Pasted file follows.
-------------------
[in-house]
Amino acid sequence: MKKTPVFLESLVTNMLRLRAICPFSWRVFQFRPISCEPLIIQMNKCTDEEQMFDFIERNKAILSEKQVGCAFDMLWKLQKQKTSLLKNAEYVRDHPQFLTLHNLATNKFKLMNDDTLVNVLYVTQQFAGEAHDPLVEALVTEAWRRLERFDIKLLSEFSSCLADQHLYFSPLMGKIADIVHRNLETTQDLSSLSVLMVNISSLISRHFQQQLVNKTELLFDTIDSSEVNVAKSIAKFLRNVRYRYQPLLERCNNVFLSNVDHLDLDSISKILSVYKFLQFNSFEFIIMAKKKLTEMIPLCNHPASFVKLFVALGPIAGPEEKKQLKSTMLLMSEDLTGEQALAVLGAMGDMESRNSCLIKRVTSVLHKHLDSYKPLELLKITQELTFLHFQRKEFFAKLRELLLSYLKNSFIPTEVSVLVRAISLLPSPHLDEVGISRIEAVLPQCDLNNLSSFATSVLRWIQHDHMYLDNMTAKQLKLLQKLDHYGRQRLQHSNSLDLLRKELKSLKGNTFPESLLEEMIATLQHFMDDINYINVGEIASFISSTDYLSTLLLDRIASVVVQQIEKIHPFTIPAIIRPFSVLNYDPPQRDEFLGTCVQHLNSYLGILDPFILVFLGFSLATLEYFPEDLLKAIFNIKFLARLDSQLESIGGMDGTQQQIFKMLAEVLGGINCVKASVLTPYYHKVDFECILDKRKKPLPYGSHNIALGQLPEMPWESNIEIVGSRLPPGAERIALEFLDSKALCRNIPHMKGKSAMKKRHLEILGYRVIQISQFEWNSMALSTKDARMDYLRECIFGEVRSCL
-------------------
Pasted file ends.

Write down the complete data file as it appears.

[in-house]
Amino acid sequence: MKKTPVFLESLVTNMLRLRAICPFSWRVFQFRPISCEPLIIQMNKCTDEEQMFDFIERNKAILSEKQVGCAFDMLWKLQKQKTSLLKNAEYVRDHPQFLTLHNLATNKFKLMNDDTLVNVLYVTQQFAGEAHDPLVEALVTEAWRRLERFDIKLLSEFSSCLADQHLYFSPLMGKIADIVHRNLETTQDLSSLSVLMVNISSLISRHFQQQLVNKTELLFDTIDSSEVNVAKSIAKFLRNVRYRYQPLLERCNNVFLSNVDHLDLDSISKILSVYKFLQFNSFEFIIMAKKKLTEMIPLCNHPASFVKLFVALGPIAGPEEKKQLKSTMLLMSEDLTGEQALAVLGAMGDMESRNSCLIKRVTSVLHKHLDSYKPLELLKITQELTFLHFQRKEFFAKLRELLLSYLKNSFIPTEVSVLVRAISLLPSPHLDEVGISRIEAVLPQCDLNNLSSFATSVLRWIQHDHMYLDNMTAKQLKLLQKLDHYGRQRLQHSNSLDLLRKELKSLKGNTFPESLLEEMIATLQHFMDDINYINVGEIASFISSTDYLSTLLLDRIASVVVQQIEKIHPFTIPAIIRPFSVLNYDPPQRDEFLGTCVQHLNSYLGILDPFILVFLGFSLATLEYFPEDLLKAIFNIKFLARLDSQLESIGGMDGTQQQIFKMLAEVLGGINCVKASVLTPYYHKVDFECILDKRKKPLPYGSHNIALGQLPEMPWESNIEIVGSRLPPGAERIALEFLDSKALCRNIPHMKGKSAMKKRHLEILGYRVIQISQFEWNSMALSTKDARMDYLRECIFGEVRSCL